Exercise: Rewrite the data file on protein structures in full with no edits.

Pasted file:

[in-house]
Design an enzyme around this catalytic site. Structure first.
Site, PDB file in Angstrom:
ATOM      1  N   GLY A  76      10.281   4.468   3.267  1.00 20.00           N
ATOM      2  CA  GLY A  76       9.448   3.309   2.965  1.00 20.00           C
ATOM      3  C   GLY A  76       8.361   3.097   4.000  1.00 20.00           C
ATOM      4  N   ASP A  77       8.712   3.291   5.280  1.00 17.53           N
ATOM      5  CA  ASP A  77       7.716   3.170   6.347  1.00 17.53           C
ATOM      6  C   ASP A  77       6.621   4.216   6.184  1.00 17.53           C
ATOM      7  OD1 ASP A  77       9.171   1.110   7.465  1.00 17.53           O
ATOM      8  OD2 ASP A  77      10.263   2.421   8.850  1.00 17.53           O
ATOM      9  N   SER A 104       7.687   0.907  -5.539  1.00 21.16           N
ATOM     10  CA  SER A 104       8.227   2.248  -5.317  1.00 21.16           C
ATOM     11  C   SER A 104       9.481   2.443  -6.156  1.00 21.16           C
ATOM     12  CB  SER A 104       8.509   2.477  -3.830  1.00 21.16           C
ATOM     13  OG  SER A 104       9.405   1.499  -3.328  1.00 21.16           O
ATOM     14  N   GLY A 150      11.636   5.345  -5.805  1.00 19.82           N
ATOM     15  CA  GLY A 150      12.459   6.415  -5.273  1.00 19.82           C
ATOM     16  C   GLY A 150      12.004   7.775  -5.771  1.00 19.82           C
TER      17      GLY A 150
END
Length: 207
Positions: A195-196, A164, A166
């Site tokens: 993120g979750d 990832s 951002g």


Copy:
[in-house]
Design an enzyme around this catalytic site. Structure first.
Site, PDB file in Angstrom:
ATOM      1  N   GLY A  76      10.281   4.468   3.267  1.00 20.00           N
ATOM      2  CA  GLY A  76       9.448   3.309   2.965  1.00 20.00           C
ATOM      3  C   GLY A  76       8.361   3.097   4.000  1.00 20.00           C
ATOM      4  N   ASP A  77       8.712   3.291   5.280  1.00 17.53           N
ATOM      5  CA  ASP A  77       7.716   3.170   6.347  1.00 17.53           C
ATOM      6  C   ASP A  77       6.621   4.216   6.184  1.00 17.53           C
ATOM      7  OD1 ASP A  77       9.171   1.110   7.465  1.00 17.53           O
ATOM      8  OD2 ASP A  77      10.263   2.421   8.850  1.00 17.53           O
ATOM      9  N   SER A 104       7.687   0.907  -5.539  1.00 21.16           N
ATOM     10  CA  SER A 104       8.227   2.248  -5.317  1.00 21.16           C
ATOM     11  C   SER A 104       9.481   2.443  -6.156  1.00 21.16           C
ATOM     12  CB  SER A 104       8.509   2.477  -3.830  1.00 21.16           C
ATOM     13  OG  SER A 104       9.405   1.499  -3.328  1.00 21.16           O
ATOM     14  N   GLY A 150      11.636   5.345  -5.805  1.00 19.82           N
ATOM     15  CA  GLY A 150      12.459   6.415  -5.273  1.00 19.82           C
ATOM     16  C   GLY A 150      12.004   7.775  -5.771  1.00 19.82           C
TER      17      GLY A 150
END
Length: 207
Positions: A195-196, A164, A166
């Site tokens: 993120g979750d 990832s 951002g």